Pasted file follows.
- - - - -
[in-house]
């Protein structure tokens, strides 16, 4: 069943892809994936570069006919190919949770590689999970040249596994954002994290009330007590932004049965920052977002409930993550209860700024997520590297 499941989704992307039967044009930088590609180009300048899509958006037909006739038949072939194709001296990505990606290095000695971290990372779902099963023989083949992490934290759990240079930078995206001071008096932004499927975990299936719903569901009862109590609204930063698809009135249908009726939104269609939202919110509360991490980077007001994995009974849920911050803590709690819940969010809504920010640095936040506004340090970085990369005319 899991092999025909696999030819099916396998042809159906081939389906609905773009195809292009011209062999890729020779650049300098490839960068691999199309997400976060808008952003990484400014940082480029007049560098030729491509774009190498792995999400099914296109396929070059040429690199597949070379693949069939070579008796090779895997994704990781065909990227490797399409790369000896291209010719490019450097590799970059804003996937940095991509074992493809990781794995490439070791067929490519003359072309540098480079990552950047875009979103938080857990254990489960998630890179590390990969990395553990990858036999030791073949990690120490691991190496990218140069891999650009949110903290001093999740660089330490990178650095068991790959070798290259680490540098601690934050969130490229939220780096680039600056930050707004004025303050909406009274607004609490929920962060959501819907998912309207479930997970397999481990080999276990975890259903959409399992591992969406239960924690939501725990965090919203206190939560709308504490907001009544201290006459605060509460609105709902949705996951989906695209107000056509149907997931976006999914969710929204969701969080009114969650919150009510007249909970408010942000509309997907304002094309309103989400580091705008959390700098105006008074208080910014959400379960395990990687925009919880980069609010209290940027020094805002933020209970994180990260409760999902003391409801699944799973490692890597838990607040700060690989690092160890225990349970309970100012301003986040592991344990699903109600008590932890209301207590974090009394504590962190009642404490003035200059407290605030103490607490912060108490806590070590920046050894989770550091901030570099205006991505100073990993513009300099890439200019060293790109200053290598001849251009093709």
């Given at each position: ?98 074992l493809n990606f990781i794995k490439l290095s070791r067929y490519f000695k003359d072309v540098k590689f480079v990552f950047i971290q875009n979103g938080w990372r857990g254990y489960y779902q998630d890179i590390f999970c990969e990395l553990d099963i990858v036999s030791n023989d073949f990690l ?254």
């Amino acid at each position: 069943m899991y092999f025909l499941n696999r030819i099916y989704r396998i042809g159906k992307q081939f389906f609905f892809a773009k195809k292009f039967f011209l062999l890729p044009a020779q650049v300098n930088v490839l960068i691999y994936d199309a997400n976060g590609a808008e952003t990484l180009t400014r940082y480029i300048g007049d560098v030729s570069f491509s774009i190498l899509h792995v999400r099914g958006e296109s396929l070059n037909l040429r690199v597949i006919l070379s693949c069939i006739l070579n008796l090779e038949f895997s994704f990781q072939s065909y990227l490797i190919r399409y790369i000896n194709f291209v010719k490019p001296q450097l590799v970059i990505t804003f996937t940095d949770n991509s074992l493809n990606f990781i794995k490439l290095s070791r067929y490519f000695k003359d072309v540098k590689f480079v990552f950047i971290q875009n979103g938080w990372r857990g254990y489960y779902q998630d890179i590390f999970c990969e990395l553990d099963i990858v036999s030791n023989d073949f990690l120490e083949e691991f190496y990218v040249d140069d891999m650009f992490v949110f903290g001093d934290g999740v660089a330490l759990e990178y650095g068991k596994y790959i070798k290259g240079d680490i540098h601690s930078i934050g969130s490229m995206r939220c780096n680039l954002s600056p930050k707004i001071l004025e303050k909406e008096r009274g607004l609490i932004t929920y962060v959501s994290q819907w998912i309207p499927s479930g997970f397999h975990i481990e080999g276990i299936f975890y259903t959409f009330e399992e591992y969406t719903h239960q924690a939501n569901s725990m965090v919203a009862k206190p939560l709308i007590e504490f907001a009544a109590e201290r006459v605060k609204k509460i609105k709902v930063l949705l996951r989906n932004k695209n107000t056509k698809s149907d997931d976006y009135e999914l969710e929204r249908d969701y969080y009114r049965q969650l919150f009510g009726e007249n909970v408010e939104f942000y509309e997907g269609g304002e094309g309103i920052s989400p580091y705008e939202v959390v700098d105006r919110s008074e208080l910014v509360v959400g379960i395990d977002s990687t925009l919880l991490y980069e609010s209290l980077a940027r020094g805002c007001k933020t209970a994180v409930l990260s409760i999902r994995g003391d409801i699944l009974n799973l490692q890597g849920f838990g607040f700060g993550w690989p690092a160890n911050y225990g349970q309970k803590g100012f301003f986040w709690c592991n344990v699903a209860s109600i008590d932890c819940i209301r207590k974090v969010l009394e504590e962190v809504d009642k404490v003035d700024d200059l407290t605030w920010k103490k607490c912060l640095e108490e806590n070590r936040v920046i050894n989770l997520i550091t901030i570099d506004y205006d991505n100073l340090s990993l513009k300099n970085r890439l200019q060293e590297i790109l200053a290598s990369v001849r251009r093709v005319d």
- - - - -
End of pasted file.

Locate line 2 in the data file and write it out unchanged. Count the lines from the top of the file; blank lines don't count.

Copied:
């Protein structure tokens, strides 16, 4: 069943892809994936570069006919190919949770590689999970040249596994954002994290009330007590932004049965920052977002409930993550209860700024997520590297 499941989704992307039967044009930088590609180009300048899509958006037909006739038949072939194709001296990505990606290095000695971290990372779902099963023989083949992490934290759990240079930078995206001071008096932004499927975990299936719903569901009862109590609204930063698809009135249908009726939104269609939202919110509360991490980077007001994995009974849920911050803590709690819940969010809504920010640095936040506004340090970085990369005319 899991092999025909696999030819099916396998042809159906081939389906609905773009195809292009011209062999890729020779650049300098490839960068691999199309997400976060808008952003990484400014940082480029007049560098030729491509774009190498792995999400099914296109396929070059040429690199597949070379693949069939070579008796090779895997994704990781065909990227490797399409790369000896291209010719490019450097590799970059804003996937940095991509074992493809990781794995490439070791067929490519003359072309540098480079990552950047875009979103938080857990254990489960998630890179590390990969990395553990990858036999030791073949990690120490691991190496990218140069891999650009949110903290001093999740660089330490990178650095068991790959070798290259680490540098601690934050969130490229939220780096680039600056930050707004004025303050909406009274607004609490929920962060959501819907998912309207479930997970397999481990080999276990975890259903959409399992591992969406239960924690939501725990965090919203206190939560709308504490907001009544201290006459605060509460609105709902949705996951989906695209107000056509149907997931976006999914969710929204969701969080009114969650919150009510007249909970408010942000509309997907304002094309309103989400580091705008959390700098105006008074208080910014959400379960395990990687925009919880980069609010209290940027020094805002933020209970994180990260409760999902003391409801699944799973490692890597838990607040700060690989690092160890225990349970309970100012301003986040592991344990699903109600008590932890209301207590974090009394504590962190009642404490003035200059407290605030103490607490912060108490806590070590920046050894989770550091901030570099205006991505100073990993513009300099890439200019060293790109200053290598001849251009093709």